I’m also among those fortunate who have been able to continue to earn a living working from home. I seldom go out, unlike the hundreds of thousands of South African taxi and other public transport users who face a heightened risk of contracting the virus.
But early in June, I had no choice: I needed to interview several people for a corruption investigation that I was working on, and my sources would only speak to me in person.
I felt the risk was low as I’d been vaccinated with the one-shot Johnson & Johnson vaccination six weeks earlier — enough time to build up immunity to the virus. Nevertheless, I set out well-prepared with a small bottle of hand sanitizer in my pocket. I also wore two tight-fitting masks, each with additional, replaceable filter material inserted in a special pocket, as I normally do on the rare occasions when I go out in public.
At a time when the Delta variant is surging across the globe, someone like me who is vaccinated may be lulled into a false sense of safety, but in South Africa, where vaccinations rates have largely lagged, the threat remains quite high — and until vaccinations rates increase — extra precautions are needed.
Arriving for my meeting in Hout Bay Harbour in Cape Town, I found myself in a small room with two other people, neither of them wearing a mask. I was able to position myself about 2 meters — more than 6 feet — from them but, as the interview began, several other people, none of them wearing masks, entered the room.
Feeling very uncomfortable I asked, after less than five minutes, if we could continue outside. But it was too late. In those few minutes, despite all my precautions, I now believe I had been infected.
About two weeks later I developed a barking, dry cough and sore throat, and I was sneezing non-stop. I was also breathing with difficulty — but, because of the vaccination and all my precautions, I convinced myself that it was a bout of flu and decided that all I needed was paracetamol and bed rest.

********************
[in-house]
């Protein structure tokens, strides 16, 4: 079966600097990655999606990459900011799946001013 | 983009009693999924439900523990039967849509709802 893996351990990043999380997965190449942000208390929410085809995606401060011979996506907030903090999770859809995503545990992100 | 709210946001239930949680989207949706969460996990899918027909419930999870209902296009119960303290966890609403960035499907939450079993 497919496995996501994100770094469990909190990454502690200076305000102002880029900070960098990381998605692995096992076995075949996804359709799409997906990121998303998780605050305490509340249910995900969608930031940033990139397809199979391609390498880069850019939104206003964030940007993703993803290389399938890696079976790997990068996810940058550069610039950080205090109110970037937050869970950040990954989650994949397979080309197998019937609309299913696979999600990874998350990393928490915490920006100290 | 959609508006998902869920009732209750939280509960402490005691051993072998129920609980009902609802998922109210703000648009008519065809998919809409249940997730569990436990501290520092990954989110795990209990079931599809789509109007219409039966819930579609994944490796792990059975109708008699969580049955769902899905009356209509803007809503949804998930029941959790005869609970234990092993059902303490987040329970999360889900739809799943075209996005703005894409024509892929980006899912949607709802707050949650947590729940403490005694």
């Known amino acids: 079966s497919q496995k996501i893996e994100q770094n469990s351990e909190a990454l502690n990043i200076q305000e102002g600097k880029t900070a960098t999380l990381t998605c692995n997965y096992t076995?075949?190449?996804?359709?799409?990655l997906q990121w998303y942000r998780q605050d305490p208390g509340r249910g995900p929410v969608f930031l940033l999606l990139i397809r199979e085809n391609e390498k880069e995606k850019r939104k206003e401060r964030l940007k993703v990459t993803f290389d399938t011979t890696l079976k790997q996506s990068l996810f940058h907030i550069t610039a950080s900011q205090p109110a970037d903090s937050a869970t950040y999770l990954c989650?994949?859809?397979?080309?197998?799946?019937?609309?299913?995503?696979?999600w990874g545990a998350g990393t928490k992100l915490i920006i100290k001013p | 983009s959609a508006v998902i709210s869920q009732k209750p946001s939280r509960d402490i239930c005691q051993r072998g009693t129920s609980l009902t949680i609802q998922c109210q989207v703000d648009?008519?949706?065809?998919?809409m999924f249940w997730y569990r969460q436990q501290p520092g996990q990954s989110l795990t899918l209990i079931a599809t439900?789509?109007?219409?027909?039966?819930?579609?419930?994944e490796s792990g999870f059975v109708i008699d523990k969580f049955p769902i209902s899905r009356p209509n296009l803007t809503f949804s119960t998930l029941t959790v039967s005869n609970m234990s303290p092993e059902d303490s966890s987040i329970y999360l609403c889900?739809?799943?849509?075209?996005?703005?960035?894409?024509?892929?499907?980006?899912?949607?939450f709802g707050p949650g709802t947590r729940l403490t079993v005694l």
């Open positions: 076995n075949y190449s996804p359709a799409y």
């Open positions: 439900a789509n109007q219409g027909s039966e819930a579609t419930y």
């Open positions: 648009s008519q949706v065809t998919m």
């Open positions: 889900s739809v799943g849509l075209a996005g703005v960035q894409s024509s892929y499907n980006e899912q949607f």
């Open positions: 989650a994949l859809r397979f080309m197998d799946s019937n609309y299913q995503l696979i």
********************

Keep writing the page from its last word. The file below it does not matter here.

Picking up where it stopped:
By the following day, my body was aching as if I’d gone through a few rounds with a professional boxer, and I was literally gasping for breath. My doctor, after a phone consultation, said I should go for a Covid test. He also prescribed cortisone and a very strong antibiotic.
Should my breathing get worse, or if my oxygen levels dropped below 94, I should go directly to my closest emergency room as I may need oxygen, or even hospital admission, he said.
Almost miraculously, by the next morning my oxygen levels had improved, and I was able to breathe more easily. I was still feeling unwell, but there was a marked improvement in my condition. I’m now almost fully recovered, although I’m still left with some lingering after-effects of Covid, including fatigue and muddled thinking if I overexert myself.
What followed surprised me: while many people wished me well, others — either anti-vaxxers or the vaccination hesitant — took my experience as proof that Covid vaccinations don’t work, rather than having minimized my illness and helped speed up my recovery.
“Whereas South Africa has delivered only 1.6 vaccines per 100 people, Namibia has delivered twice this rate, and Botswana and Zimbabwe more than three times this rate. South Africa accounts for 43% of confirmed Covid-19 deaths but only 3% of vaccinations in Africa,” reported the Daily Maverick.
But it is too late to help with the third wave of Covid infections, hospitalizations and deaths that has South Africa by the throat.
For me, having previously reported and read widely on Covid, I believed this before, but after my own experience, I’m even more certain.